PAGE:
Watching Sports Boosts Well-being: Neuroimaging Shows Why

Summary: A new study reveals how watching sports significantly enhances well-being. This multi-method research combined data analysis, surveys, and neuroimaging to explore the effects of sports viewing on both subjective and objective well-being indicators.

Key findings show that sports viewing activates brain reward circuits and increases gray matter volume in these areas, suggesting long-term benefits for regular viewers. The study provides robust evidence that engaging in sports viewing can serve as an effective way to improve personal well-being and offers valuable insights for sports management and public health policy.

Key Facts:

  1. The study used a combination of large-scale data analysis, individual surveys, and neuroimaging to investigate the effects of watching sports on well-being.
  2. Neuroimaging results indicated that watching sports activates the brain’s reward circuits and increases gray matter volume in these areas, enhancing feelings of happiness and pleasure.
  3. The research suggests that regular sports viewing might induce lasting changes in the brain, providing long-term well-being benefits and supporting its inclusion in public health strategies.

Source: Waseda University

For many individuals, sports have long served as a source of enjoyment and relaxation. Watching sports, particularly at large gatherings, goes beyond entertainment. It fosters a sense of community and belonging among audiences. This sense of connection not only makes individuals feel good but also benefits society by improving health, enhancing productivity, and reducing crime.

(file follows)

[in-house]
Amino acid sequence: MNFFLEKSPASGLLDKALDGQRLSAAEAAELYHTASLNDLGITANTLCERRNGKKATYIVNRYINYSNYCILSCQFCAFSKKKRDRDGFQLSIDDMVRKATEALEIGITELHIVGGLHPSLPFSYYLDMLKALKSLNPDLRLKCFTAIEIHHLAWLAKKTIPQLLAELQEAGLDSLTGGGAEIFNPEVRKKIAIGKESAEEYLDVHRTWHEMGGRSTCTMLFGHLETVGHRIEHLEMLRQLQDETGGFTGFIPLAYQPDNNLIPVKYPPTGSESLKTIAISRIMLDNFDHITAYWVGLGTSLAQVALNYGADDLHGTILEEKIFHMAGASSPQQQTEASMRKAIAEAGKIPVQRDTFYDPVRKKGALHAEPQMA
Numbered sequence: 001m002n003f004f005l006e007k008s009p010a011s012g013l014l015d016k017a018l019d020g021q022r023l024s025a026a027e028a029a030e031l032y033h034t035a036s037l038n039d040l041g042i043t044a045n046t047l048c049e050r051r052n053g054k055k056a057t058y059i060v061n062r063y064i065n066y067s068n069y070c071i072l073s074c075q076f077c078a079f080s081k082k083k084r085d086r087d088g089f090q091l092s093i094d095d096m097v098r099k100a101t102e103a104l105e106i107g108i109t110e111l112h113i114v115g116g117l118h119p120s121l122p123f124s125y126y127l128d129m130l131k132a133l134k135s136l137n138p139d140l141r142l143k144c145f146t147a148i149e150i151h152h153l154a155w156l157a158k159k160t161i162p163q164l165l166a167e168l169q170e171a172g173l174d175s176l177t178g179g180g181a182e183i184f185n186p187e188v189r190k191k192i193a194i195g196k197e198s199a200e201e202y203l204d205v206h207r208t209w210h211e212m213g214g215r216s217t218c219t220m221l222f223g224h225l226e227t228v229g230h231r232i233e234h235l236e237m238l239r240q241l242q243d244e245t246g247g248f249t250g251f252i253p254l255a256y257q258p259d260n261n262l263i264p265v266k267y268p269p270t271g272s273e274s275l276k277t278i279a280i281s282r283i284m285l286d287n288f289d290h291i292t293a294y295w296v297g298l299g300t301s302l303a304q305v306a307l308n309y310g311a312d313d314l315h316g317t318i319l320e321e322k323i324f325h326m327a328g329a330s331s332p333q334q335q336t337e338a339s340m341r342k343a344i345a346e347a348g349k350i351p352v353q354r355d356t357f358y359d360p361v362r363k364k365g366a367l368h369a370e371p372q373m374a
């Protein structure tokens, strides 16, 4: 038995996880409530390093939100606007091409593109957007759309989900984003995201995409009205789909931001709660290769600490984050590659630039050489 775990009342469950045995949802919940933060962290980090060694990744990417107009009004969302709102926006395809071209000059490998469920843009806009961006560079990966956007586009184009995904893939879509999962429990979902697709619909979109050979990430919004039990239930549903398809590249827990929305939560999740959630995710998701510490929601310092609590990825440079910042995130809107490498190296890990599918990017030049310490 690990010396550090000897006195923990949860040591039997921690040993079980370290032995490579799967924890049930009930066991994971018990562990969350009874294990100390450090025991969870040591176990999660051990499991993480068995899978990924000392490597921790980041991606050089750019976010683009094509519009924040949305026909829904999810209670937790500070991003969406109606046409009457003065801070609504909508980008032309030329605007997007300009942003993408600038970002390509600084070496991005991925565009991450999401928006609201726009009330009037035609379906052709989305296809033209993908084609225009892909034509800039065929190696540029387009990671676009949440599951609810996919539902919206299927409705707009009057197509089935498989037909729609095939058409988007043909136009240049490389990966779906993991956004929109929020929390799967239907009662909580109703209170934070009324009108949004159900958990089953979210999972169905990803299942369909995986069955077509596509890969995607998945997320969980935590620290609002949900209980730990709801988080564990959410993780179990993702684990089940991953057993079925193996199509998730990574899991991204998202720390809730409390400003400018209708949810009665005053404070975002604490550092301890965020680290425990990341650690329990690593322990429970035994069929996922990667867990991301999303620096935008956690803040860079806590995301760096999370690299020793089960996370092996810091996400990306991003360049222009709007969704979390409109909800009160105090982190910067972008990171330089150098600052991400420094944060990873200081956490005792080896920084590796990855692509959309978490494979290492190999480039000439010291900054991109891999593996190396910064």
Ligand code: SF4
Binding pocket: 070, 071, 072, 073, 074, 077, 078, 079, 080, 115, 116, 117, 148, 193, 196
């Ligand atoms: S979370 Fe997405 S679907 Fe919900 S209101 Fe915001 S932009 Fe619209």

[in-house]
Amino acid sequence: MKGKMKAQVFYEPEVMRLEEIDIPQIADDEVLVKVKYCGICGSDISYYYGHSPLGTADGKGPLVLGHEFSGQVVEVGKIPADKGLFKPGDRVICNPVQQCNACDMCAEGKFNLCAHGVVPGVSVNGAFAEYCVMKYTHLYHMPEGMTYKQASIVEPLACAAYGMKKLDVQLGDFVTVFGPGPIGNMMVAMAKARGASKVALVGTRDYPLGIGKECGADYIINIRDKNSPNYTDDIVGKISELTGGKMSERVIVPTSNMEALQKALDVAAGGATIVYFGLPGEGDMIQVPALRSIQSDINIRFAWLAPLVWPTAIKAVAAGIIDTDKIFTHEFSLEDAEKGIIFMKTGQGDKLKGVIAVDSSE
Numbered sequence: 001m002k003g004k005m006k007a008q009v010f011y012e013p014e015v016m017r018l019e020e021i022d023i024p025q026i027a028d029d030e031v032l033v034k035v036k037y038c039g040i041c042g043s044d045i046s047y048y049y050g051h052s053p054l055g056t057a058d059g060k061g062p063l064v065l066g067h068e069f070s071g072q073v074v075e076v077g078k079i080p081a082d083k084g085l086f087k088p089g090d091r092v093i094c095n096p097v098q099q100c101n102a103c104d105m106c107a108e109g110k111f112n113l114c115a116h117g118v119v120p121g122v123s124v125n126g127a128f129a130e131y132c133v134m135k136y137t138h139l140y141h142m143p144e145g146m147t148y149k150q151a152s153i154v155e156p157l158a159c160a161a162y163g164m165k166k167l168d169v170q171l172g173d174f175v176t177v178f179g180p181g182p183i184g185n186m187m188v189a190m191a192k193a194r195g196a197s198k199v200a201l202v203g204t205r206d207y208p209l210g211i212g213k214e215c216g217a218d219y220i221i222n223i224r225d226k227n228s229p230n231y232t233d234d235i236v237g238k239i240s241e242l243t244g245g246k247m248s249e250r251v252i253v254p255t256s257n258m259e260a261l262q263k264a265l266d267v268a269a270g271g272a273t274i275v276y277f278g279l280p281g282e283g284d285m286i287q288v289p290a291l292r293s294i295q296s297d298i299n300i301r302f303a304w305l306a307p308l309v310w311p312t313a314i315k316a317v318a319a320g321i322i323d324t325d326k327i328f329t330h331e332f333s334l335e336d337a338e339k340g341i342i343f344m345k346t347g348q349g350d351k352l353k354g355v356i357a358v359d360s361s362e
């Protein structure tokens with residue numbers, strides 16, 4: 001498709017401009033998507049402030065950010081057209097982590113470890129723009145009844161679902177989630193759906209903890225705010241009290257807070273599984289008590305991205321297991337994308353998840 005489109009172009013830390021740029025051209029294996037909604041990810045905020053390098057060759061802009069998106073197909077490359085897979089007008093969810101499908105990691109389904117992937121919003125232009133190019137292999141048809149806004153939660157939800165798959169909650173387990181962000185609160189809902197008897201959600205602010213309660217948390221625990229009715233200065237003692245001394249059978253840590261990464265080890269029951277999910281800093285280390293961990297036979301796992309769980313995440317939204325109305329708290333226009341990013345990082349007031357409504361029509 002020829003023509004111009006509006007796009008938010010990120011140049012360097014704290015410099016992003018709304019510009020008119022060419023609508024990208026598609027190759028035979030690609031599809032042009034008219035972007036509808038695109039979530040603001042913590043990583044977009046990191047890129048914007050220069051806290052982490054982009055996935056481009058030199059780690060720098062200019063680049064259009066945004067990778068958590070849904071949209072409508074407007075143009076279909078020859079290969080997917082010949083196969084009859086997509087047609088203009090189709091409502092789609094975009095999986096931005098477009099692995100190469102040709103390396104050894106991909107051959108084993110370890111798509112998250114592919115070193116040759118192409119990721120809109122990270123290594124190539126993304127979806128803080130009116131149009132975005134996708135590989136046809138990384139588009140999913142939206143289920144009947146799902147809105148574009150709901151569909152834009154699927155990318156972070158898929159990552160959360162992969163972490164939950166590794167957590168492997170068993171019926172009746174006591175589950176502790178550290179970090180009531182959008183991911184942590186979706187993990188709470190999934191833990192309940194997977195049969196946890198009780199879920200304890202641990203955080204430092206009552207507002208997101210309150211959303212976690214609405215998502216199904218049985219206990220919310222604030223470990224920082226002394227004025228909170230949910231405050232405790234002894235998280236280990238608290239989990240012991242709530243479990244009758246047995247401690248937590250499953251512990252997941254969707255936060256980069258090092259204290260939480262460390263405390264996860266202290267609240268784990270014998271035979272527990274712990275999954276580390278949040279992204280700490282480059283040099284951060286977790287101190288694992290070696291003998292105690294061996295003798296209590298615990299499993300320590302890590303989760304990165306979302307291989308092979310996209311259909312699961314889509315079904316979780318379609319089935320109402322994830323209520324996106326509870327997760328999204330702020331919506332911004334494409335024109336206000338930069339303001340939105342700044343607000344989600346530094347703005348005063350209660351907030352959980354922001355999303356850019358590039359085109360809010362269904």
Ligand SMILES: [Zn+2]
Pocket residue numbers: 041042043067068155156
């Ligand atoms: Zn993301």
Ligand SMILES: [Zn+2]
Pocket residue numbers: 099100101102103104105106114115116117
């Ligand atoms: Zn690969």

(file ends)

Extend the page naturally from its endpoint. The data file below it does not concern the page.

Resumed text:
Although it is popularly recognized for its positive effects, existing studies on the relationship between watching sports and well-being offer only limited evidence.

This shows people watching baseball on TV.
The results of this investigation illuminated that, sports viewing triggered activation in the brain’s reward circuits, indicative of feelings of happiness or pleasure. Credit: Neuroscience News

Recognizing this gap, a team of researchers led by Associate Professor Shintaro Sato from the Faculty of Sport Sciences, Waseda University, Japan, embarked on a groundbreaking study. Prof. Sato, alongside Assistant Professor Keita Kinoshita from Nanyang Technological University and Dr. Kento Nakagawa from the Faculty of Human Sciences, Waseda University, used a multi-method approach, combining secondary data analysis, self-reports, and neuroimaging measures to understand the connection between sports viewing and well-being in the general population.